Starting point is 00:55:31 The answer is the word swims. Smooth. Swims is an amygram. Oh yeah! You've whipped it upside down and it's exactly the same. I've got very hot. Wow! With a rousal.
Starting point is 00:55:43 Yes, I'm incredibly roused. That's amazing. Love that stuff. That is perfectly great. That's great. That's very lovely stuff. Who would have thought? The real thing. You can't wait. You can stay. You've passed the audition. I said a boat Just another thing on how fish swim. Yeah, do you know how to tell a fish is depressed? Too sad okay, because we've got a cure Great. There you go. What a rollercoaster. I know. Sorry, you're using the factor. Please. That was the cure. Come on the podcast.
Starting point is 00:56:30 The craziest spirit is right. What's the cure? Well, antidepressants. We only have a cure because we trial the human antidepressants on them to make them better. But how do you know that it's better? So they swim at the bottom of their tanks. So depressed fish swim low and happy fish swim at the top of the surface of the water or on top of their tanks. And this is actually really useful according to scientists who do trial antidepressants because it's a really obvious sign that they're depressed. So we can trial antidepressants on them and we know if they're working. They just go higher. Because they just get higher and higher. So go pros at that's doing the trick look at
Starting point is 00:57:05 It's like in the end. Oh, I was it yeah It is it true or if I just like made this up in my brain that like a goldfish like Grow to fill their tanks if you actually give them bigger tank They just keep going that is true and that's so sad in retrospect because you know like when you when I was growing up We had just like a little tank with three fish and you're like, God, we were sort of shrinking off the edge. Stunning that pencil. Yeah, that's a thing when people throw them into the wild and to little lakes and so on, they just turn into these turbo shark.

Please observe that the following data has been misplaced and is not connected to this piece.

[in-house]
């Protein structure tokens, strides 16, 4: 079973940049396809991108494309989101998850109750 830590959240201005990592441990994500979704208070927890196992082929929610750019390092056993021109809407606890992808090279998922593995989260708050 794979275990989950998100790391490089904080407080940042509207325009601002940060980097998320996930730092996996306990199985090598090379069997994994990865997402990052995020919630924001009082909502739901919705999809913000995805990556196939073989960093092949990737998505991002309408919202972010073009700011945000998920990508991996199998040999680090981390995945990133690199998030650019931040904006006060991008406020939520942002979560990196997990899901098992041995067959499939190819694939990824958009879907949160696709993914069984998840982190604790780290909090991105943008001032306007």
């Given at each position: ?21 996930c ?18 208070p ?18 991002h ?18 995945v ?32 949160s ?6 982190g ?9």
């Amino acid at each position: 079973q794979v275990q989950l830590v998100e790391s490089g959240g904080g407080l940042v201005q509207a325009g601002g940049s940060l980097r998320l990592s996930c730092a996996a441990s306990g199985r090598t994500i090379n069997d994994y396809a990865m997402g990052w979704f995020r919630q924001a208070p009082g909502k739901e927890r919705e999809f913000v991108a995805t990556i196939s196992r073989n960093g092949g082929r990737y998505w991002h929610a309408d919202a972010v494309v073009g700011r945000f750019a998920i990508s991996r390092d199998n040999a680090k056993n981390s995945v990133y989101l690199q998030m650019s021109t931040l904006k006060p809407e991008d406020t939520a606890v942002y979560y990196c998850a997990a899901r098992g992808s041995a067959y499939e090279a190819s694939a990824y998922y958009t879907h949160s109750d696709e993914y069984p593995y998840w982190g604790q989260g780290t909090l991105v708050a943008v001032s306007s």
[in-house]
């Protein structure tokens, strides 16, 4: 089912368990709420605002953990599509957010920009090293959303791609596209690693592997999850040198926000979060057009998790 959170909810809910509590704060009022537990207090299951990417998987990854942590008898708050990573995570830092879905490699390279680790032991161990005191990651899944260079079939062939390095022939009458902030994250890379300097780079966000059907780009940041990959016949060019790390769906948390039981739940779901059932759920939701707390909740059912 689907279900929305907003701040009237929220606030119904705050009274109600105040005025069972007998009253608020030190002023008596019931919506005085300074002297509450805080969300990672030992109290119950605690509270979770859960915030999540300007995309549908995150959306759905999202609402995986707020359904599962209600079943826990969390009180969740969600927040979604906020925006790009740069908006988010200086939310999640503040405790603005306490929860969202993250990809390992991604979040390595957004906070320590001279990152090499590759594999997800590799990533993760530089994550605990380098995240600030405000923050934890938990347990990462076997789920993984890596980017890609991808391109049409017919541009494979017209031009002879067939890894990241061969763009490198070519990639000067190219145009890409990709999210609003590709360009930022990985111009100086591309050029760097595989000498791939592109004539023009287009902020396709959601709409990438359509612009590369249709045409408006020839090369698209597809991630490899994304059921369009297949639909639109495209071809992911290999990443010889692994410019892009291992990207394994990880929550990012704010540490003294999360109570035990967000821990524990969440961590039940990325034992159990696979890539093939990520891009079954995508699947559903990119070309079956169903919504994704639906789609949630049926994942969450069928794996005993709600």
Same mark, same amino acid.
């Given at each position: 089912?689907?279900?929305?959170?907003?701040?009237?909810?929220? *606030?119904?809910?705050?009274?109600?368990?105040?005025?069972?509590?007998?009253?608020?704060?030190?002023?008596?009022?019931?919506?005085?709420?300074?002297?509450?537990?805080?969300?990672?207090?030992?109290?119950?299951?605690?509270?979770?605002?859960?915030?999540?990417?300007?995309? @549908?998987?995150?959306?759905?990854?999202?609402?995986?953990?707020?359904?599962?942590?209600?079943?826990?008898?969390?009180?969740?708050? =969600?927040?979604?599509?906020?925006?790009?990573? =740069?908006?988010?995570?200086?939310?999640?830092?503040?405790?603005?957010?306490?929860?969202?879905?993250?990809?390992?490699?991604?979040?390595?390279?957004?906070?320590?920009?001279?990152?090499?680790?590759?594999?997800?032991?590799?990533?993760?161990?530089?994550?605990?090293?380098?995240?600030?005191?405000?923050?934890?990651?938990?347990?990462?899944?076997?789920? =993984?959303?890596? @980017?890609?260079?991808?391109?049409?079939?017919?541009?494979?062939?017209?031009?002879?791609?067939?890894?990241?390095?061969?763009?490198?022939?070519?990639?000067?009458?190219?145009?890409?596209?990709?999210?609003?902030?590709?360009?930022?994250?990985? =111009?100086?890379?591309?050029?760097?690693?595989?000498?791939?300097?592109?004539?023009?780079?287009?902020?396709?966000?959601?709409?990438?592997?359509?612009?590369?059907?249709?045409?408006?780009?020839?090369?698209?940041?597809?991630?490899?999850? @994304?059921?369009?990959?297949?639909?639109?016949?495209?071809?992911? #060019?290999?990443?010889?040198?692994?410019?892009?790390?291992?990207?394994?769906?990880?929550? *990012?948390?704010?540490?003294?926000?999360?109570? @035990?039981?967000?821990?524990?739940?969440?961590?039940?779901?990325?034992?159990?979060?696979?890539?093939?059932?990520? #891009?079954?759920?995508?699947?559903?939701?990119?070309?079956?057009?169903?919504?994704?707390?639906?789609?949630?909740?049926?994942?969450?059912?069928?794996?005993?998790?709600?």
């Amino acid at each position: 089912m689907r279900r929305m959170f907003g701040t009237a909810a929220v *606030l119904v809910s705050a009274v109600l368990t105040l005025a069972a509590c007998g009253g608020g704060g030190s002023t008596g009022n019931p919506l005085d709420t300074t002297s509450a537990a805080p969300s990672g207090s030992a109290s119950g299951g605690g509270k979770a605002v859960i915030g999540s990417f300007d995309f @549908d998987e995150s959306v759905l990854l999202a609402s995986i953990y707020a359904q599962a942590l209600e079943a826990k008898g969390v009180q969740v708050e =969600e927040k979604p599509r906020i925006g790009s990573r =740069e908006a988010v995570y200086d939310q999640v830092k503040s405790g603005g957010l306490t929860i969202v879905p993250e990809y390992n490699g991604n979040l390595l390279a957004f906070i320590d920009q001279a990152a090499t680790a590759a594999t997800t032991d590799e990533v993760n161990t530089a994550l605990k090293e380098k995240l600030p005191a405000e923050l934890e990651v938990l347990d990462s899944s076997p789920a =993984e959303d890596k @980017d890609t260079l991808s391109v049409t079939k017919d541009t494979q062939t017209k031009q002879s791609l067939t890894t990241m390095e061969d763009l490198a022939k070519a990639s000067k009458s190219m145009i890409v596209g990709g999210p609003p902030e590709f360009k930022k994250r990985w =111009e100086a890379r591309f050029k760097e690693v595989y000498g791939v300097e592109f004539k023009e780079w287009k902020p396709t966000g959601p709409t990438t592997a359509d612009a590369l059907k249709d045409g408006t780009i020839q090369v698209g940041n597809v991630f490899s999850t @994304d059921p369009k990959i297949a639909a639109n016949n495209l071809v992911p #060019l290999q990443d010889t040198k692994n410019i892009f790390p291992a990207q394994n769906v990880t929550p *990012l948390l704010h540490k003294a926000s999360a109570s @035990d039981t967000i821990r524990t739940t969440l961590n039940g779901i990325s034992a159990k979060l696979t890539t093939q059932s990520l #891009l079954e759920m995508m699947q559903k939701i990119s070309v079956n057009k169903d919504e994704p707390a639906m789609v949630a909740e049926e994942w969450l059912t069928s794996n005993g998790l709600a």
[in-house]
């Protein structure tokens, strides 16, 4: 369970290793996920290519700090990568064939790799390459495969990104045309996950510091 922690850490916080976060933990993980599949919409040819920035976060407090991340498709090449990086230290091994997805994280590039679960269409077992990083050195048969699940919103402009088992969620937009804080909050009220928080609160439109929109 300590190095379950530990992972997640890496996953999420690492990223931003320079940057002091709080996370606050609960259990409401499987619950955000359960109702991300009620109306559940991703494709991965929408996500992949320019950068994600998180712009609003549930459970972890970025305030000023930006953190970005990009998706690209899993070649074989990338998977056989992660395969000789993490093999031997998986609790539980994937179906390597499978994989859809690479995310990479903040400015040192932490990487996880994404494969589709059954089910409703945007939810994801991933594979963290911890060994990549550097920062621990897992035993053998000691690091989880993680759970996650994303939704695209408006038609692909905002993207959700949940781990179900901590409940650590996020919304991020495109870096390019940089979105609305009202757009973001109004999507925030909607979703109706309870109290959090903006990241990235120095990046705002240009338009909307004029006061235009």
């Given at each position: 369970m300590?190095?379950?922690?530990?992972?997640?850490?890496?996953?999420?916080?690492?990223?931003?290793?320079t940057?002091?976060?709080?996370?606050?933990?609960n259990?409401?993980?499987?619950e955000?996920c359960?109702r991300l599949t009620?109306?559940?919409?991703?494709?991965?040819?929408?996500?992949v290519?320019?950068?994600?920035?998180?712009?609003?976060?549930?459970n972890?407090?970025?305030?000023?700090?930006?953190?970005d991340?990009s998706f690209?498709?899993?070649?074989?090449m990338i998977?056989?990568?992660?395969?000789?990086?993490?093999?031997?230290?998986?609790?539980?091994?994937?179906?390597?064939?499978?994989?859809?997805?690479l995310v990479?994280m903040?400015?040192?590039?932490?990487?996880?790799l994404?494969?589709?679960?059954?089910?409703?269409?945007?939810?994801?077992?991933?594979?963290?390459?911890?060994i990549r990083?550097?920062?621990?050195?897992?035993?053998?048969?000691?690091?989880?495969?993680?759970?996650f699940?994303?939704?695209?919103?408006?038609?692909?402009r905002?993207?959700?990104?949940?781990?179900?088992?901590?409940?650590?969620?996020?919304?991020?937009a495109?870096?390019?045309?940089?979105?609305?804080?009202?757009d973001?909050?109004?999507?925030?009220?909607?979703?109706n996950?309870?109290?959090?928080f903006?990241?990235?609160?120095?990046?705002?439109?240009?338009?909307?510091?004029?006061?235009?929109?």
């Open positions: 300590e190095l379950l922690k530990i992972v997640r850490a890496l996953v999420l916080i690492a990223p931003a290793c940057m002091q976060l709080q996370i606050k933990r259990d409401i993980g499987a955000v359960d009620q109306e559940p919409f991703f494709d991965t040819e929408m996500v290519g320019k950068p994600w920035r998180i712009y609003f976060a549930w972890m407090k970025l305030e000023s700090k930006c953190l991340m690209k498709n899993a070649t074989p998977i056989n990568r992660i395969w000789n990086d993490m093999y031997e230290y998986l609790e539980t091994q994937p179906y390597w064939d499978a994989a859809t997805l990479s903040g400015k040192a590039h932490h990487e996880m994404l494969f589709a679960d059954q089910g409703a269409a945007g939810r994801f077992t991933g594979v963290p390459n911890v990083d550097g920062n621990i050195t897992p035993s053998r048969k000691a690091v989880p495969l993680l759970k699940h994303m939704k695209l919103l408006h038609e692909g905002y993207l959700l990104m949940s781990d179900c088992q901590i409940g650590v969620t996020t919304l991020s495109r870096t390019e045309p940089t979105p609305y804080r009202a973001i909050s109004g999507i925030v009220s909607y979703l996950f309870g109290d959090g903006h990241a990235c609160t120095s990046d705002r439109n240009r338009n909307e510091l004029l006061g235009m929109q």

Starting point is 00:57:34 Exactly, you were doing a public service by keeping them from, you know, taking over. Upside down. This? Sure. This is a very weird thing. Which is better for a rhino to be upside down, or not upside down, lying down. Is it in the circus?
Starting point is 00:57:55 It's not in the circus. It's not... Okay. Let me take you to the Vapatarsh Favour button. No, okay. It's better for a rhino to be upside down than it is for it to be lying on its side. It's not weird. How does it get that?
Starting point is 00:58:07 Why? Well, I think we might have mentioned a while ago. We've done this about the rhino's thing. They transport rhinos to new areas by putting them in a helicopter string them up by the wrinkles. No, not in the helicopter. Sorry.
Starting point is 00:58:19 No. No. They hog tie them. Right. They lift them up, upside down, and then they fly to the new nature reserve where they have to get them to. It's the easiest way to transport them. OK.
Starting point is 00:58:32 It takes like 10 or 15 minutes. It's really fast. And what's up? What's up? It's regardless of whether they go. And on traffic. Yeah, yeah. But they're normally not taking them like,